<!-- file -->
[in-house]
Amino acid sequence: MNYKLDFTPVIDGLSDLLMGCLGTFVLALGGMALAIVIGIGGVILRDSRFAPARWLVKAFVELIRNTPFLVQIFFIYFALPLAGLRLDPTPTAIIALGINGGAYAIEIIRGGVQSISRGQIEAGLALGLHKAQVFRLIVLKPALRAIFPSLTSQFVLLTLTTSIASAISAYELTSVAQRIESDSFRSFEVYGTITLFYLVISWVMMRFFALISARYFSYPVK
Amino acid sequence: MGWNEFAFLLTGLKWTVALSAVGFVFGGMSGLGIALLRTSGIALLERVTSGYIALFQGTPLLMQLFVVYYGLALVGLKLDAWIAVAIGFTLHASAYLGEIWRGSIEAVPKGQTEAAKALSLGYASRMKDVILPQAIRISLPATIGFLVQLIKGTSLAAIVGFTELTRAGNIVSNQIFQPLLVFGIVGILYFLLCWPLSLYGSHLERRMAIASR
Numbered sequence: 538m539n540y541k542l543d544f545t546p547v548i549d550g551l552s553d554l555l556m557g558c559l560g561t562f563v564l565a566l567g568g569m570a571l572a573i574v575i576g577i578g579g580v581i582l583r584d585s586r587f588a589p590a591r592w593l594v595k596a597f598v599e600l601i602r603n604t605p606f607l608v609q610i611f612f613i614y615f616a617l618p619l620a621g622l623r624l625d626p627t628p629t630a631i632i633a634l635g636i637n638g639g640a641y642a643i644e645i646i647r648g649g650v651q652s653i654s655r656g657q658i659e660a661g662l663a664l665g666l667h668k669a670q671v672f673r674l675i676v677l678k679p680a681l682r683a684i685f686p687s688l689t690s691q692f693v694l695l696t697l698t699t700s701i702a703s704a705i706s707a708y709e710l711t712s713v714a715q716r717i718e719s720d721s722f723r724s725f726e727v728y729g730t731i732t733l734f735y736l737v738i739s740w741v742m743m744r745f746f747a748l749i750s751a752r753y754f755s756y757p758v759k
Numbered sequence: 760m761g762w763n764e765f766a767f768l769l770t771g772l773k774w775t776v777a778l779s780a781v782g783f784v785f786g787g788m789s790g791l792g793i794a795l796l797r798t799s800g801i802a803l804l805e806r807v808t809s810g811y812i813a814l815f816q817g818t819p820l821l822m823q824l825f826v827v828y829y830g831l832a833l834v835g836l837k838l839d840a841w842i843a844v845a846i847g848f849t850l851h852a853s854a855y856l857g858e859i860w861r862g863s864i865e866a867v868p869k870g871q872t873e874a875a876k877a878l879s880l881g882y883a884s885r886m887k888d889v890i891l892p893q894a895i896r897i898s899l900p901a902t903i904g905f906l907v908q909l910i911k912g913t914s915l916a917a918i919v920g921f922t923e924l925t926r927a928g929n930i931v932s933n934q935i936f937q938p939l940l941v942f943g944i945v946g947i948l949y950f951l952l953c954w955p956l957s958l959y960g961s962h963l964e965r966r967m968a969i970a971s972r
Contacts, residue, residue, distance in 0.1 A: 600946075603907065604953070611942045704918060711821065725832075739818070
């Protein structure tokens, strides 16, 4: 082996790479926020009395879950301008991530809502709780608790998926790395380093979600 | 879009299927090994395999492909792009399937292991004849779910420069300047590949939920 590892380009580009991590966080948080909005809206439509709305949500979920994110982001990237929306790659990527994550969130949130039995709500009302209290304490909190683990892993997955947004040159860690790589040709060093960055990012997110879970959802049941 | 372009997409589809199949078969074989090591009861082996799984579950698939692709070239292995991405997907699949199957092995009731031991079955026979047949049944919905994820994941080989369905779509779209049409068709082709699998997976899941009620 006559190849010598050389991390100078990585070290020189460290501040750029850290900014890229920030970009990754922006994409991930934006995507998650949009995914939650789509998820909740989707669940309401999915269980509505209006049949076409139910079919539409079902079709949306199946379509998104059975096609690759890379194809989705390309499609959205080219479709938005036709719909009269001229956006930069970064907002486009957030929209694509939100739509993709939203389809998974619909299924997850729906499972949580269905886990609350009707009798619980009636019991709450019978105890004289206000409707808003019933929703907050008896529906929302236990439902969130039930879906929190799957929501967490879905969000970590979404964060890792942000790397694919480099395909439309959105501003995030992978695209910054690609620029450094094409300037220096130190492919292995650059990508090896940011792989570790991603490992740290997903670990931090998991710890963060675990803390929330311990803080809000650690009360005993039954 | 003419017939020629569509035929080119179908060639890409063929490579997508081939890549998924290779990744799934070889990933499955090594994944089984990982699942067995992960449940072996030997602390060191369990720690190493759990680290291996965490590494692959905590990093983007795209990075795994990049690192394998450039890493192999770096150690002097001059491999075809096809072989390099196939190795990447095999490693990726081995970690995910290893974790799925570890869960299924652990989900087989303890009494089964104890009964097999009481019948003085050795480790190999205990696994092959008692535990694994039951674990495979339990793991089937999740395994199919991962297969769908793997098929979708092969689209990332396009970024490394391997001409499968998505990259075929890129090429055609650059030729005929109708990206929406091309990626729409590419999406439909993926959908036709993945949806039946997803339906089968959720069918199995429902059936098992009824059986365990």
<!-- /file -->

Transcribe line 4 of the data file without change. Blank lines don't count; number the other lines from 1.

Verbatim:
Numbered sequence: 538m539n540y541k542l543d544f545t546p547v548i549d550g551l552s553d554l555l556m557g558c559l560g561t562f563v564l565a566l567g568g569m570a571l572a573i574v575i576g577i578g579g580v581i582l583r584d585s586r587f588a589p590a591r592w593l594v595k596a597f598v599e600l601i602r603n604t605p606f607l608v609q610i611f612f613i614y615f616a617l618p619l620a621g622l623r624l625d626p627t628p629t630a631i632i633a634l635g636i637n638g639g640a641y642a643i644e645i646i647r648g649g650v651q652s653i654s655r656g657q658i659e660a661g662l663a664l665g666l667h668k669a670q671v672f673r674l675i676v677l678k679p680a681l682r683a684i685f686p687s688l689t690s691q692f693v694l695l696t697l698t699t700s701i702a703s704a705i706s707a708y709e710l711t712s713v714a715q716r717i718e719s720d721s722f723r724s725f726e727v728y729g730t731i732t733l734f735y736l737v738i739s740w741v742m743m744r745f746f747a748l749i750s751a752r753y754f755s756y757p758v759k